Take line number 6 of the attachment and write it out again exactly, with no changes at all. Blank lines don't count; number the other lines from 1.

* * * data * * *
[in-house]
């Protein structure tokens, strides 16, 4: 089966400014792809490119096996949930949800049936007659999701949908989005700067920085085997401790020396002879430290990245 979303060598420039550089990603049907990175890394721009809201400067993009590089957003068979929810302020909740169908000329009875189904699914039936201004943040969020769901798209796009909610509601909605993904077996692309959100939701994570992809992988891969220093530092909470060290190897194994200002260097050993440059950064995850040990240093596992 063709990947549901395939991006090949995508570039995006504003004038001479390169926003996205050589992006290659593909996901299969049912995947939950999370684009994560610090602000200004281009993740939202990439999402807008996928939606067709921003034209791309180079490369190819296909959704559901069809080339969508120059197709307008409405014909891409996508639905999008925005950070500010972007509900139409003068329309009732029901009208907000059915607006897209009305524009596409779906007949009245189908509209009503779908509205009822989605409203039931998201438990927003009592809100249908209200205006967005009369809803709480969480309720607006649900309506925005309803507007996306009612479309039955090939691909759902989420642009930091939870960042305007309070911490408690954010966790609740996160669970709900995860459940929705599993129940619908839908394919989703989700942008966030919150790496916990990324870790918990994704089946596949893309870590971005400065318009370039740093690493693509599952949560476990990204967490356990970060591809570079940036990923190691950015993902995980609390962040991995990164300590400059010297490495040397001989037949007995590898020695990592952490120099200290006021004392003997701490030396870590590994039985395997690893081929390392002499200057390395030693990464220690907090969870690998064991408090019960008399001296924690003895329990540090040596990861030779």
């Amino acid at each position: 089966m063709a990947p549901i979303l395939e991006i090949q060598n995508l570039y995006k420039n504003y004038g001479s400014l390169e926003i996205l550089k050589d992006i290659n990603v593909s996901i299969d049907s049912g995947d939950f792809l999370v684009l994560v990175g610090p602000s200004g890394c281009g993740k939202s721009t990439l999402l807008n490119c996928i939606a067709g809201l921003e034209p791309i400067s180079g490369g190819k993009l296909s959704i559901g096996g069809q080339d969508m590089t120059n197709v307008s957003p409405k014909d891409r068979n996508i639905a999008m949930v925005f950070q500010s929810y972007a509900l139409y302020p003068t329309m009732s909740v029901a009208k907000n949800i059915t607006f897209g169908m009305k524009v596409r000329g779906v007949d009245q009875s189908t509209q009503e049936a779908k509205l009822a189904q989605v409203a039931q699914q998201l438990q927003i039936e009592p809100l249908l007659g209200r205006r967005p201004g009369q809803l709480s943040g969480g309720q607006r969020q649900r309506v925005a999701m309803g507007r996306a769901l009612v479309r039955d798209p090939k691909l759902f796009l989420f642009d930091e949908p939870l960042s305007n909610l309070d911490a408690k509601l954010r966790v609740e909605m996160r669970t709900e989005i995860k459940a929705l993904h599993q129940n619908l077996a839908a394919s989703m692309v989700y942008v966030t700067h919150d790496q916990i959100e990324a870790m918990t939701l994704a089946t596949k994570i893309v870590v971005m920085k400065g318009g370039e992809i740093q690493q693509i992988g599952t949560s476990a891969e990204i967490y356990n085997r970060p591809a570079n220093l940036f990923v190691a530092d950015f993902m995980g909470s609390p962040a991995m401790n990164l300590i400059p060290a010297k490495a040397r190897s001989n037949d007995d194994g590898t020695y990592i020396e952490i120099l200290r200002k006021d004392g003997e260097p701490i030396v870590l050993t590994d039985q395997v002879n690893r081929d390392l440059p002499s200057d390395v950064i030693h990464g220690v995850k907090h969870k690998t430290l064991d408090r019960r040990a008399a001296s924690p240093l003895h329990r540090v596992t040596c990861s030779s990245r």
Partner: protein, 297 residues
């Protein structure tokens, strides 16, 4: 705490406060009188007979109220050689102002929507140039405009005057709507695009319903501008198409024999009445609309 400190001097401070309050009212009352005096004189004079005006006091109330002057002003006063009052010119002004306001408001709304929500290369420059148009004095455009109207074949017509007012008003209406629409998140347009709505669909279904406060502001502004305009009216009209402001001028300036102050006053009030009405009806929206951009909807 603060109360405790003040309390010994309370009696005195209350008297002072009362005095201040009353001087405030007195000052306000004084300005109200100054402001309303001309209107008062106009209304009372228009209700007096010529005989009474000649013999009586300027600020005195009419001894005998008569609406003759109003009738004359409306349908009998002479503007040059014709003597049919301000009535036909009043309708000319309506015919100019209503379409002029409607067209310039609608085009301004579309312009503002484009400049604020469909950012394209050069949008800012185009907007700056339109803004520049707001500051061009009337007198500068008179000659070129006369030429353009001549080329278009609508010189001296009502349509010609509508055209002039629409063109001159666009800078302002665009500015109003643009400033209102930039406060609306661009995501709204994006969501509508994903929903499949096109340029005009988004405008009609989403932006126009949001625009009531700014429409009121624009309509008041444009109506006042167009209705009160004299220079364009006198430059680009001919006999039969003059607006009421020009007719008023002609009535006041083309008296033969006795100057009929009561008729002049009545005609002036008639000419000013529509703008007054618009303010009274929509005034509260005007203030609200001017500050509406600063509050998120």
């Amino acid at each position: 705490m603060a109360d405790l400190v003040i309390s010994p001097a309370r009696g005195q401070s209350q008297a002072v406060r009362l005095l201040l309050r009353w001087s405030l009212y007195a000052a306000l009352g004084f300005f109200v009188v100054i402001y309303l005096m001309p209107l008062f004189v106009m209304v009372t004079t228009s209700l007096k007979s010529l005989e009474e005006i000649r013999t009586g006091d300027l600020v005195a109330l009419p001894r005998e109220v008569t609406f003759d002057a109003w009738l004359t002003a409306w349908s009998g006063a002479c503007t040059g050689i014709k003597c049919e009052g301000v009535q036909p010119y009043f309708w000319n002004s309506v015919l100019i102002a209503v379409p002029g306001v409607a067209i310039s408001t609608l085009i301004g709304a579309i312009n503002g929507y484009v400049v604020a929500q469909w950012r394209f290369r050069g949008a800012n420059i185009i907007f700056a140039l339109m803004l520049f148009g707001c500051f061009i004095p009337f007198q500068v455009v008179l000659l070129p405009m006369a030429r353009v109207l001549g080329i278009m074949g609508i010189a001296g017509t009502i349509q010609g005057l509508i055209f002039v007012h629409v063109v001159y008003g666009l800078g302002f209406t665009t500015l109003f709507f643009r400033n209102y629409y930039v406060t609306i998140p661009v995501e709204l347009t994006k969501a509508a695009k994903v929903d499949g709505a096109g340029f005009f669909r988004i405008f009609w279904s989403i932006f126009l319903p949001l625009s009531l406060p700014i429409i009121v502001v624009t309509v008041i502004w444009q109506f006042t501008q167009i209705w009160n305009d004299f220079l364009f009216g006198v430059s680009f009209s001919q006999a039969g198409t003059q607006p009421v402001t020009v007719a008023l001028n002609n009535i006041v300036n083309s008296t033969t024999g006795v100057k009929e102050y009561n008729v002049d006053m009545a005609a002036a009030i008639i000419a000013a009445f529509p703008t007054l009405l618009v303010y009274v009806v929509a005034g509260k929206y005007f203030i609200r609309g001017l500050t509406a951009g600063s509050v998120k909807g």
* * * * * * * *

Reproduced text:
């Amino acid at each position: 705490m603060a109360d405790l400190v003040i309390s010994p001097a309370r009696g005195q401070s209350q008297a002072v406060r009362l005095l201040l309050r009353w001087s405030l009212y007195a000052a306000l009352g004084f300005f109200v009188v100054i402001y309303l005096m001309p209107l008062f004189v106009m209304v009372t004079t228009s209700l007096k007979s010529l005989e009474e005006i000649r013999t009586g006091d300027l600020v005195a109330l009419p001894r005998e109220v008569t609406f003759d002057a109003w009738l004359t002003a409306w349908s009998g006063a002479c503007t040059g050689i014709k003597c049919e009052g301000v009535q036909p010119y009043f309708w000319n002004s309506v015919l100019i102002a209503v379409p002029g306001v409607a067209i310039s408001t609608l085009i301004g709304a579309i312009n503002g929507y484009v400049v604020a929500q469909w950012r394209f290369r050069g949008a800012n420059i185009i907007f700056a140039l339109m803004l520049f148009g707001c500051f061009i004095p009337f007198q500068v455009v008179l000659l070129p405009m006369a030429r353009v109207l001549g080329i278009m074949g609508i010189a001296g017509t009502i349509q010609g005057l509508i055209f002039v007012h629409v063109v001159y008003g666009l800078g302002f209406t665009t500015l109003f709507f643009r400033n209102y629409y930039v406060t609306i998140p661009v995501e709204l347009t994006k969501a509508a695009k994903v929903d499949g709505a096109g340029f005009f669909r988004i405008f009609w279904s989403i932006f126009l319903p949001l625009s009531l406060p700014i429409i009121v502001v624009t309509v008041i502004w444009q109506f006042t501008q167009i209705w009160n305009d004299f220079l364009f009216g006198v430059s680009f009209s001919q006999a039969g198409t003059q607006p009421v402001t020009v007719a008023l001028n002609n009535i006041v300036n083309s008296t033969t024999g006795v100057k009929e102050y009561n008729v002049d006053m009545a005609a002036a009030i008639i000419a000013a009445f529509p703008t007054l009405l618009v303010y009274v009806v929509a005034g509260k929206y005007f203030i609200r609309g001017l500050t509406a951009g600063s509050v998120k909807g």